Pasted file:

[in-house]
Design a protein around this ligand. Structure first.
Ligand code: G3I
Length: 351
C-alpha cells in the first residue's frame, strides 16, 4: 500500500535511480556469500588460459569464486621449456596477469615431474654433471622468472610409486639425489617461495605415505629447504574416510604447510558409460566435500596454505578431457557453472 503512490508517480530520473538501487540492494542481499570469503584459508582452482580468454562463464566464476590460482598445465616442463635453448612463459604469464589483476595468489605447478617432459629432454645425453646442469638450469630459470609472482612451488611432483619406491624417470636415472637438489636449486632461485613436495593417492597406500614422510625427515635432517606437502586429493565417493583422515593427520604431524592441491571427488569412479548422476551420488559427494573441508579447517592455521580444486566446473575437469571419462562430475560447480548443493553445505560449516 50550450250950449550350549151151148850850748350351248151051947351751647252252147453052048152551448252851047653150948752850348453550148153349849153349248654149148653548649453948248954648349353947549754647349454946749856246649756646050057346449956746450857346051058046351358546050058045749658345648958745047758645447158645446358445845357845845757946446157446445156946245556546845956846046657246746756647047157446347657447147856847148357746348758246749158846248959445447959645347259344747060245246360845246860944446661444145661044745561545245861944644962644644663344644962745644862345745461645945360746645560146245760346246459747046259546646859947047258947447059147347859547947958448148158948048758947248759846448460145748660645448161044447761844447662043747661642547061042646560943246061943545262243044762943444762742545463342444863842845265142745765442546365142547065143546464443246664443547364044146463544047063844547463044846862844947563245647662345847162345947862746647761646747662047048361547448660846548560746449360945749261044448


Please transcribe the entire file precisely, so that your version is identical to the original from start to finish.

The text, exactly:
[in-house]
Design a protein around this ligand. Structure first.
Ligand code: G3I
Length: 351
C-alpha cells in the first residue's frame, strides 16, 4: 500500500535511480556469500588460459569464486621449456596477469615431474654433471622468472610409486639425489617461495605415505629447504574416510604447510558409460566435500596454505578431457557453472 503512490508517480530520473538501487540492494542481499570469503584459508582452482580468454562463464566464476590460482598445465616442463635453448612463459604469464589483476595468489605447478617432459629432454645425453646442469638450469630459470609472482612451488611432483619406491624417470636415472637438489636449486632461485613436495593417492597406500614422510625427515635432517606437502586429493565417493583422515593427520604431524592441491571427488569412479548422476551420488559427494573441508579447517592455521580444486566446473575437469571419462562430475560447480548443493553445505560449516 50550450250950449550350549151151148850850748350351248151051947351751647252252147453052048152551448252851047653150948752850348453550148153349849153349248654149148653548649453948248954648349353947549754647349454946749856246649756646050057346449956746450857346051058046351358546050058045749658345648958745047758645447158645446358445845357845845757946446157446445156946245556546845956846046657246746756647047157446347657447147856847148357746348758246749158846248959445447959645347259344747060245246360845246860944446661444145661044745561545245861944644962644644663344644962745644862345745461645945360746645560146245760346246459747046259546646859947047258947447059147347859547947958448148158948048758947248759846448460145748660645448161044447761844447662043747661642547061042646560943246061943545262243044762943444762742545463342444863842845265142745765442546365142547065143546464443246664443547364044146463544047063844547463044846862844947563245647662345847162345947862746647761646747662047048361547448660846548560746449360945749261044448